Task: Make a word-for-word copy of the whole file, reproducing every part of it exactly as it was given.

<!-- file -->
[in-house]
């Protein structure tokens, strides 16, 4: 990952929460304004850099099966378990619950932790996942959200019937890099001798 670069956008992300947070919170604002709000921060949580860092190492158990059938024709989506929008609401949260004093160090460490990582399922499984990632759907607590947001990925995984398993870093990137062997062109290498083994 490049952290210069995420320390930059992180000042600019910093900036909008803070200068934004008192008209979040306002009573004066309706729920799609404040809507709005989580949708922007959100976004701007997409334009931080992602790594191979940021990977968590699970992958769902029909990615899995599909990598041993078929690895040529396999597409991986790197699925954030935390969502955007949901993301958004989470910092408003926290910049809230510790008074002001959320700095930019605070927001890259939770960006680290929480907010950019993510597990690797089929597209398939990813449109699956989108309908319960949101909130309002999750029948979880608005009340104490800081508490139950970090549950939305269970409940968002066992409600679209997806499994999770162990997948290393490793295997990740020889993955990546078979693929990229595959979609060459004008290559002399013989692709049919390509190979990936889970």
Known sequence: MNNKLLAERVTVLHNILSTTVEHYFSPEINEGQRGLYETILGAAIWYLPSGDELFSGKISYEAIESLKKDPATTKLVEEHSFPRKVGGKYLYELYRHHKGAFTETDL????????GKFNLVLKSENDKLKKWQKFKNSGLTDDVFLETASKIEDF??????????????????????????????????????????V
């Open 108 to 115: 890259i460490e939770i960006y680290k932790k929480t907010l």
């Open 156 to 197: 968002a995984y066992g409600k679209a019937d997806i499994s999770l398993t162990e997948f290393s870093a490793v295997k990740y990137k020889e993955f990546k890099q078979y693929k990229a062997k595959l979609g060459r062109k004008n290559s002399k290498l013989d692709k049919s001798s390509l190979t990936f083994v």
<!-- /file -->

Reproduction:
[in-house]
């Protein structure tokens, strides 16, 4: 990952929460304004850099099966378990619950932790996942959200019937890099001798 670069956008992300947070919170604002709000921060949580860092190492158990059938024709989506929008609401949260004093160090460490990582399922499984990632759907607590947001990925995984398993870093990137062997062109290498083994 490049952290210069995420320390930059992180000042600019910093900036909008803070200068934004008192008209979040306002009573004066309706729920799609404040809507709005989580949708922007959100976004701007997409334009931080992602790594191979940021990977968590699970992958769902029909990615899995599909990598041993078929690895040529396999597409991986790197699925954030935390969502955007949901993301958004989470910092408003926290910049809230510790008074002001959320700095930019605070927001890259939770960006680290929480907010950019993510597990690797089929597209398939990813449109699956989108309908319960949101909130309002999750029948979880608005009340104490800081508490139950970090549950939305269970409940968002066992409600679209997806499994999770162990997948290393490793295997990740020889993955990546078979693929990229595959979609060459004008290559002399013989692709049919390509190979990936889970």
Known sequence: MNNKLLAERVTVLHNILSTTVEHYFSPEINEGQRGLYETILGAAIWYLPSGDELFSGKISYEAIESLKKDPATTKLVEEHSFPRKVGGKYLYELYRHHKGAFTETDL????????GKFNLVLKSENDKLKKWQKFKNSGLTDDVFLETASKIEDF??????????????????????????????????????????V
């Open 108 to 115: 890259i460490e939770i960006y680290k932790k929480t907010l």
């Open 156 to 197: 968002a995984y066992g409600k679209a019937d997806i499994s999770l398993t162990e997948f290393s870093a490793v295997k990740y990137k020889e993955f990546k890099q078979y693929k990229a062997k595959l979609g060459r062109k004008n290559s002399k290498l013989d692709k049919s001798s390509l190979t990936f083994v």